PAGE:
Recently in Washington, an important political figure asked me why I had the reputation of resisting change.
Since I've spent my life catalyzing change
and embracing the latest technology, I found this a very strange statement.
I have no idea how history will record my life and work, but I think the answer is - it depends who you ask.
Wes Rishel wrote a great blog today
that reduces the debate about standards and interoperability into two points of view - “the healthcare informatics crowd" and "the Internet crowd".
I've spent the past 4 years facilitating standards harmonization in HITSP, bringing together 800 organizations to discuss the parsimonious number of standards needed to facilitate the data exchanges which will support meaningful use.
From the point of view of the healthcare informatics crowd, the harmonization of disparate approaches into CDA/CCD with XDS.b, XDR, XCA and XDM represents significant simplification and convergence of the major stakeholders in healthcare IT.
From the point of view of the Internet crowd, it represents a set of complex content and security constructs that puts the SDOs in the HTTP business.
The work I've done for the past 4 years aimed at unifying the industry on a web services approach, embracing web-centric standards such as SOAP, XML, and HTTPS. In 2006-2007, this was considered very forward looking. In 2009, RESTful data exchange of simple payloads with TLS and application level security is considered cutting edge.
Thus, my challenge as a leader is to bring together both the healthcare informatics crowd and the internet crowd, without having to take sides and choose either/or.
The answer to me is that we need to embrace both approaches - the right tool for the right job depending on what you want to achieve.
For provider to provider communication which requires the exchange of documents with non-repudiation as the medico-legal record for direct clinical care, the CDA/CCD has great metadata and the ability to support structured data as well as free text discharge summaries/operative notes/history&physicals.
For a summary record that represents a snapshot in time of problems, medications, and labs for transmission between EHRs and PHRs, the CCR and other formats such as Google's CCRg or PDF can do the job.
On the FACA blog
today, Marc Overhage wrote about good enough standards for a particular purpose.
This blog posting is likely to generate debates from both the healthcare informatics crowd and the Internet crowd.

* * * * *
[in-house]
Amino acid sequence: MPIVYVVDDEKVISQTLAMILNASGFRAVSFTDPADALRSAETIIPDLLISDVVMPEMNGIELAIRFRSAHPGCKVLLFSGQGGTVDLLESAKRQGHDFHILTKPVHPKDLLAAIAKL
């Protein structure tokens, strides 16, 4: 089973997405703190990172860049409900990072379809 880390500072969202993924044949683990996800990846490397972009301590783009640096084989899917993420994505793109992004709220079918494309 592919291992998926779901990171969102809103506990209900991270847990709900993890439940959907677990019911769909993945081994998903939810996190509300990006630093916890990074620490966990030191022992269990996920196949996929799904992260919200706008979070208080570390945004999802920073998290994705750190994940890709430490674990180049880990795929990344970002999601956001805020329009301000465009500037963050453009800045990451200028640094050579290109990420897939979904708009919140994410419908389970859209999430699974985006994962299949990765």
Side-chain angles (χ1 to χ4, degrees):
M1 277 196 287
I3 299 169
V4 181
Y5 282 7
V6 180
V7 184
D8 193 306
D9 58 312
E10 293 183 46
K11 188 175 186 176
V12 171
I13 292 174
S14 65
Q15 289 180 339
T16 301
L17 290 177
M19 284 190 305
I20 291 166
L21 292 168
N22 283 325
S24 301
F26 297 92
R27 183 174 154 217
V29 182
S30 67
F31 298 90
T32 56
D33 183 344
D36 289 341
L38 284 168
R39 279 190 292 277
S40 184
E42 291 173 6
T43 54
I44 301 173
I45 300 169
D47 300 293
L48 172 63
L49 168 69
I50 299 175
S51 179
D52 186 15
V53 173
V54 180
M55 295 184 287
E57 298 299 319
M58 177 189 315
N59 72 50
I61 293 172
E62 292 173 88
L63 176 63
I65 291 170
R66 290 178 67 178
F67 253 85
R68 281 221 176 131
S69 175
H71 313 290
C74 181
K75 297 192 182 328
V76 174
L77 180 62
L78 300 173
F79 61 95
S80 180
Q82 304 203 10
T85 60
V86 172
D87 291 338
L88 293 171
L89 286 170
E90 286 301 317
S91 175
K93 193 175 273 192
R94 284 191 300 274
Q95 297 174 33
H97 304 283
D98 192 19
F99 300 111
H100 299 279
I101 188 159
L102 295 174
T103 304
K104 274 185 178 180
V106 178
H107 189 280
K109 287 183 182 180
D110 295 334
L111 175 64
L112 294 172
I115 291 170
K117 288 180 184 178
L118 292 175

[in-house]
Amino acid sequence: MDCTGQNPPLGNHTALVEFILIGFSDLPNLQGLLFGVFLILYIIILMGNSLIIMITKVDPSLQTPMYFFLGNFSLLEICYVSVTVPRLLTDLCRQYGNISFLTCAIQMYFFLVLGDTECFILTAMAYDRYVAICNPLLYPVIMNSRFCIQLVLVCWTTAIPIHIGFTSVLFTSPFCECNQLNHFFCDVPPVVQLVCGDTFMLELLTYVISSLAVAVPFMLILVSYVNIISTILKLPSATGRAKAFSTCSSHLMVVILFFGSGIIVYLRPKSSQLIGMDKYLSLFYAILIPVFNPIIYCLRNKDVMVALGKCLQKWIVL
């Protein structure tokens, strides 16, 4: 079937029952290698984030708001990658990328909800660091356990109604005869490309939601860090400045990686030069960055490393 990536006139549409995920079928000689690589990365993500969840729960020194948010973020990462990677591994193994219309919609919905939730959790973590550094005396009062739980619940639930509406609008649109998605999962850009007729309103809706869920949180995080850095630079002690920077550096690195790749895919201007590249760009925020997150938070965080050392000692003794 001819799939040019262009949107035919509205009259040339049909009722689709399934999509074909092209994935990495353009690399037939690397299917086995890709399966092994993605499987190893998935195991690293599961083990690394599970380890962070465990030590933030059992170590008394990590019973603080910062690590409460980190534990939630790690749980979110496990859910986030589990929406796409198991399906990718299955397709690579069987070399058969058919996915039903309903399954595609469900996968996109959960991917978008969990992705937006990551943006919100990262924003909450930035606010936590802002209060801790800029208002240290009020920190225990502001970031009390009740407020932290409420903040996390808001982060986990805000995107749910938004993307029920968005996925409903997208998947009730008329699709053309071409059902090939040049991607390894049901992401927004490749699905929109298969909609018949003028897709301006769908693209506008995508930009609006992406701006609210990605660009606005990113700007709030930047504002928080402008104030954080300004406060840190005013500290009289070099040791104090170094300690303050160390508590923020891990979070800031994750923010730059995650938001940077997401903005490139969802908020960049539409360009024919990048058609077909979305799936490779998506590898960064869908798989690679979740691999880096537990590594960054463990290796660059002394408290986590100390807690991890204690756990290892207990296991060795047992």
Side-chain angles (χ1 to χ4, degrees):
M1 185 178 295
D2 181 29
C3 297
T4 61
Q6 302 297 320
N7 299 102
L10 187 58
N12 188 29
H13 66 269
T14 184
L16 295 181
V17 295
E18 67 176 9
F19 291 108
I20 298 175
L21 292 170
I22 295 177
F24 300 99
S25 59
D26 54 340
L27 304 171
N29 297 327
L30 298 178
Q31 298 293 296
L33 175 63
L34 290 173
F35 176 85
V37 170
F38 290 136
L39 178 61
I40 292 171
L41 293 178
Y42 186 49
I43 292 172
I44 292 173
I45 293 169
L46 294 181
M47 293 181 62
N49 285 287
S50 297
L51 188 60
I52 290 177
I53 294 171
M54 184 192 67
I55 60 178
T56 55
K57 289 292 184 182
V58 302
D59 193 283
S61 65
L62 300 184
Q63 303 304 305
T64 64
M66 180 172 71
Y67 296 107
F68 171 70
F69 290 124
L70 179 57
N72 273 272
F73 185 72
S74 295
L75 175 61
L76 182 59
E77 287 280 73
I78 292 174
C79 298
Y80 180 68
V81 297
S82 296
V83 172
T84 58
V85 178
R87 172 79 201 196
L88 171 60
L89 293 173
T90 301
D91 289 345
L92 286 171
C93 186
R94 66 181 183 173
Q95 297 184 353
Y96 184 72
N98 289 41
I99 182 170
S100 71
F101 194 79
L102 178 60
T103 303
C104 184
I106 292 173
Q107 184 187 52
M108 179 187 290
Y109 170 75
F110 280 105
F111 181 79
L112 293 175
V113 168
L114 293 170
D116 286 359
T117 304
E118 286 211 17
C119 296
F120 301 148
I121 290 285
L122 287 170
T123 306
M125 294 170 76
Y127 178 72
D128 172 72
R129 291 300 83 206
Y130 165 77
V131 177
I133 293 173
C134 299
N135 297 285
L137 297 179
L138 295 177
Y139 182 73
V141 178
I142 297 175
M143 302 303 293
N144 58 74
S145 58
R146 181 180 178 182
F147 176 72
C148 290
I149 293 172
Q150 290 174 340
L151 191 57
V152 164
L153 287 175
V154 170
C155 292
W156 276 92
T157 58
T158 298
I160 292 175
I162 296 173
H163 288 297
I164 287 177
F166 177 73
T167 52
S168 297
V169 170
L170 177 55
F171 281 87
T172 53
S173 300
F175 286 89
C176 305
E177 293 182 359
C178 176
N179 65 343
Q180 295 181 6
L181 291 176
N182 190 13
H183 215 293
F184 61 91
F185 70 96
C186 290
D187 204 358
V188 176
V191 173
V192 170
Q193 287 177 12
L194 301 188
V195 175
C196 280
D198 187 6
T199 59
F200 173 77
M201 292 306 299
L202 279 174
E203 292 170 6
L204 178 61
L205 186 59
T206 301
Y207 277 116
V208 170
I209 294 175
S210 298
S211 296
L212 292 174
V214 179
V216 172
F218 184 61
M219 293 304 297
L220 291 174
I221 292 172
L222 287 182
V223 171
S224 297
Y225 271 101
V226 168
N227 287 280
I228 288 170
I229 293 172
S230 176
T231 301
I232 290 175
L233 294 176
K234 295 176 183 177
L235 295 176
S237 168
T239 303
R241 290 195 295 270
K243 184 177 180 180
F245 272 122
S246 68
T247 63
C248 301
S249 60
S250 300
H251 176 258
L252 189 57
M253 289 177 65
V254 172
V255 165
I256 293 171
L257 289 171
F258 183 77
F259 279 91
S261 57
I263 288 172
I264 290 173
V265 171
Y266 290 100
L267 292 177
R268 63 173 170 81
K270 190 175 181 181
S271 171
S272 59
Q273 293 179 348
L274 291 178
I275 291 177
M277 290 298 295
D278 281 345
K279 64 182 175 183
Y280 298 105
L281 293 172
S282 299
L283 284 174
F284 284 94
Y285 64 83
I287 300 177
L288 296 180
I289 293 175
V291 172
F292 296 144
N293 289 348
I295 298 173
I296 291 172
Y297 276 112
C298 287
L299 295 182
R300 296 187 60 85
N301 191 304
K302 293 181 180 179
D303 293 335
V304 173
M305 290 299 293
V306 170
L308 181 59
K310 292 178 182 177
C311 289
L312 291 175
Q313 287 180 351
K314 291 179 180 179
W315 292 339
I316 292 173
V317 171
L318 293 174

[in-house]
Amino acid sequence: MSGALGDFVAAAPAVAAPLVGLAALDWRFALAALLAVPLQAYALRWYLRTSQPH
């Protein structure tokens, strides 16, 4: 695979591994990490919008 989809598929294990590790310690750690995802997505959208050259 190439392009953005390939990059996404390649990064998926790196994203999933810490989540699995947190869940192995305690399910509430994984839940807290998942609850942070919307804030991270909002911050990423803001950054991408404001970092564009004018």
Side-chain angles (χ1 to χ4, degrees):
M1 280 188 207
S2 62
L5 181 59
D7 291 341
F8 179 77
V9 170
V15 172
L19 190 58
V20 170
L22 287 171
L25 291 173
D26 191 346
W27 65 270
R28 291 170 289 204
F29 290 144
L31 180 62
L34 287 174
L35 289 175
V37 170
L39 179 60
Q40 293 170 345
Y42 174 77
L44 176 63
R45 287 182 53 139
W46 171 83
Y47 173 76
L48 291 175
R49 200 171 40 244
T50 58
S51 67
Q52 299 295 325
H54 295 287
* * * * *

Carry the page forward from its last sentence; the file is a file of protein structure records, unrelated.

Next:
Certainly, I believe that a single standard with templates or subsets for a particular purpose would reduce costs and ease the vendor burden of having to support multiple standards, but the trick to accomplishing this is to ensure that the standard be simple enough to be easily implementable for "the little guy", the iPhone, and the use cases of EHR to PHR exchange where the goal is to provide basic summaries to patients. As I said in my blog last week
, I'm convinced that the SDOs will continue to refine their content standards such as CDA and CCD to clean up the XML (get rid of moodCode) and provide templates to support a range of applications, both complex and simple (hide the OIDs so that most implementers do not need to deal with them).
Until then, we need a glide path that embraces the healthcare informatics crowd and the internet crowd, respecting the hard work and best thinking of both.
For provider to provider communication which requires the exchange of documents with non-repudiation as the medico-legal record for direct clinical care, we use the CDA/CCD.
For a summary record that represents a snapshot in time of problems, medications, and labs for transmission between EHRs and PHRs such as would be used by Microsoft, Google or Keas, the CCR or PDF is good enough.
As standards evolve we can revisit this with the aim of convergence as long as further parsimony does not impede innovation.
It is my hope, that by embracing the right tool for the right purpose, we can balance standardization, ease of implementation, and innovation.
The genius of the AND - I hope that both the healthcare informatics crowd and the Internet crowd can embrace this path forward.